The Weird History Podcast focuses on obscure, horrible, and strange corners of history. New episodes appear roughly weekly.

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195 Iran-Contra, Part One: Revolution in Nicaragua

The Cold War defined geopolitics for much of the 20th century, often turning local conflicts and regional politics into large, proxy battles between the United States and Soviet Union. In 1979 the Sandinista National Liberation Front (FSLN) successfully ousted Nicaragua’s […]

194 Shakespeare Was Shakespeare

Since the late 1800s numerous figures such as Mark Twain, Sigmund Freud, and Malcolm X have expressed doubt about the authorship of Shakespeare’s plays. These deniers, variously known as anti-Stratfordians, have put forward a variety of other candidates as the […]

193 The Many Lives of Notre Dame

Notre Dame Cathedral, the world’s best-known example of Gothic architecture, was partially destroyed in a fire. The church requires extensive restoration, but this is not the first time that Notre Dame has fallen into ruin. When Victor Hugo wrote his […]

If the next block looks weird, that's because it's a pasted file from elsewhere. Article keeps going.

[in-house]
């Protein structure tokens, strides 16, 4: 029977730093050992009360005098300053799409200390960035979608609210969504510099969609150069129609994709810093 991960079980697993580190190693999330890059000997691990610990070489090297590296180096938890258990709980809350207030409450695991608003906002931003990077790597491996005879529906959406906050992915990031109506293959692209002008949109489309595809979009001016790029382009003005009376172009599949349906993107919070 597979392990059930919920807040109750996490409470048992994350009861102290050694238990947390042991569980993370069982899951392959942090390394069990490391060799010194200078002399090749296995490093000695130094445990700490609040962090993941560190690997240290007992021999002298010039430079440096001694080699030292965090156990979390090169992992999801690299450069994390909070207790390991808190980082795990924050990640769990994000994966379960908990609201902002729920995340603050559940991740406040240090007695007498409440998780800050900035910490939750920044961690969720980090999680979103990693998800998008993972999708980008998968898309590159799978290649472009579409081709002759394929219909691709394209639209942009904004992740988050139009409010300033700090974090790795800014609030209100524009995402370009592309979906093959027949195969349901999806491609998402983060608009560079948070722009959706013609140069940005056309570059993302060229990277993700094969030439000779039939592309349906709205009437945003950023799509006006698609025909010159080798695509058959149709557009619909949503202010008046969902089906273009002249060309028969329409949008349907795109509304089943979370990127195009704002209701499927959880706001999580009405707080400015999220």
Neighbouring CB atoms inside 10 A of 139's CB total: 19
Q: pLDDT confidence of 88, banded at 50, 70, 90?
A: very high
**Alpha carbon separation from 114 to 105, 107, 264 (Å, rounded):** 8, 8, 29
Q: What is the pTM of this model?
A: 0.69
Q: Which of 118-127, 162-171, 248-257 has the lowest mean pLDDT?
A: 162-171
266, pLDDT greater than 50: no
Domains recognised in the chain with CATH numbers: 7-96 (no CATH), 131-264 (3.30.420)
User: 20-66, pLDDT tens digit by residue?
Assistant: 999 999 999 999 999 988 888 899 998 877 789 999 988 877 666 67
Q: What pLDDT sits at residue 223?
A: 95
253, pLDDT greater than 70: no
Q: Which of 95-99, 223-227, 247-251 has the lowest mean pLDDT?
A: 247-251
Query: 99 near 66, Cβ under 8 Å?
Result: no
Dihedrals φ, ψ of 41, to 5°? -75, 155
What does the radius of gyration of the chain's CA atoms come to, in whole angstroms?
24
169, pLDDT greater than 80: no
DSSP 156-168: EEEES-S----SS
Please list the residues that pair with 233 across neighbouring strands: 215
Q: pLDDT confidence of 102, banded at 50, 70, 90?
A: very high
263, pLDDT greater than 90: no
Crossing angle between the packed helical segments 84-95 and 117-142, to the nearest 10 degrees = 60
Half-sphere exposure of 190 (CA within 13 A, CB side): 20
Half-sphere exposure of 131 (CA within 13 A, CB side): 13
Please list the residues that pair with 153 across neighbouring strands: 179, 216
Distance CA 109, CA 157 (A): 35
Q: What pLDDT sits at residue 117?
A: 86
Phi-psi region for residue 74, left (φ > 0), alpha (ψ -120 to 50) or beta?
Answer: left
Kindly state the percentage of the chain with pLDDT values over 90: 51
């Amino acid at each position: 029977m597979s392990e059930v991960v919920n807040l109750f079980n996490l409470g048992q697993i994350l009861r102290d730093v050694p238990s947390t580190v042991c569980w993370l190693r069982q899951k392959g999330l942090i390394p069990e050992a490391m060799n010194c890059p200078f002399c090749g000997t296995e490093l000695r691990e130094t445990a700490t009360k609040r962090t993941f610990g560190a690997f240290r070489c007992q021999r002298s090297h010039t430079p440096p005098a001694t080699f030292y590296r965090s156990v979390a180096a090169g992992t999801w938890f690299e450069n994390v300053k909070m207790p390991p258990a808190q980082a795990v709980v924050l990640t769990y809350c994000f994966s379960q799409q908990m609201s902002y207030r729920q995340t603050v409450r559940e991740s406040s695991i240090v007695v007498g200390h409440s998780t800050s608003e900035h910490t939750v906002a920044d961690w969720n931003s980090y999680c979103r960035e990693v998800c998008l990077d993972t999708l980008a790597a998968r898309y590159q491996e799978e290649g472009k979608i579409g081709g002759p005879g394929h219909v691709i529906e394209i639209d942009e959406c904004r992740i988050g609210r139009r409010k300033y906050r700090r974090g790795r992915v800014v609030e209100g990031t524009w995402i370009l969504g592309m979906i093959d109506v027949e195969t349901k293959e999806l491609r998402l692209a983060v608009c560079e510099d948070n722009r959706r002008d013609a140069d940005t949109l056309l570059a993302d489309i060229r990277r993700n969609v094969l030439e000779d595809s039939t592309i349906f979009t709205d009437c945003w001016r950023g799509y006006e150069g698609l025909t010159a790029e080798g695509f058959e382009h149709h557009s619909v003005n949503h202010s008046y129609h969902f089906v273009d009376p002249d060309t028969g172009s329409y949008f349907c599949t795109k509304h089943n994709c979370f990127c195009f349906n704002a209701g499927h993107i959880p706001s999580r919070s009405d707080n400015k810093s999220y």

192 False Alarm

In 1983 a Soviet satellite system erroneously detected five incoming American nuclear missiles. Stanislav Petrov, the man tasked with reporting the alert to the USSR’s leadership, suddenly had a dire choice: He could do his duty and start a nuclear […]

191 The Black Paintings

Francisco Goya is one of the first modern artist, and toward the end of his life he painted his most well-known works, the Black Paintings, into the walls of his home outside Madrid. The most famous of the Black Paintings […]

190 Faro, the Hottest Game in the West

The image of cowboys playing poker has shown up again and again in Westerns. However, if you walked into a saloon in the late 1800s, you likely wouldn’t find poker, blackjack, or other contemporary casino games. Instead, you’d probably find […]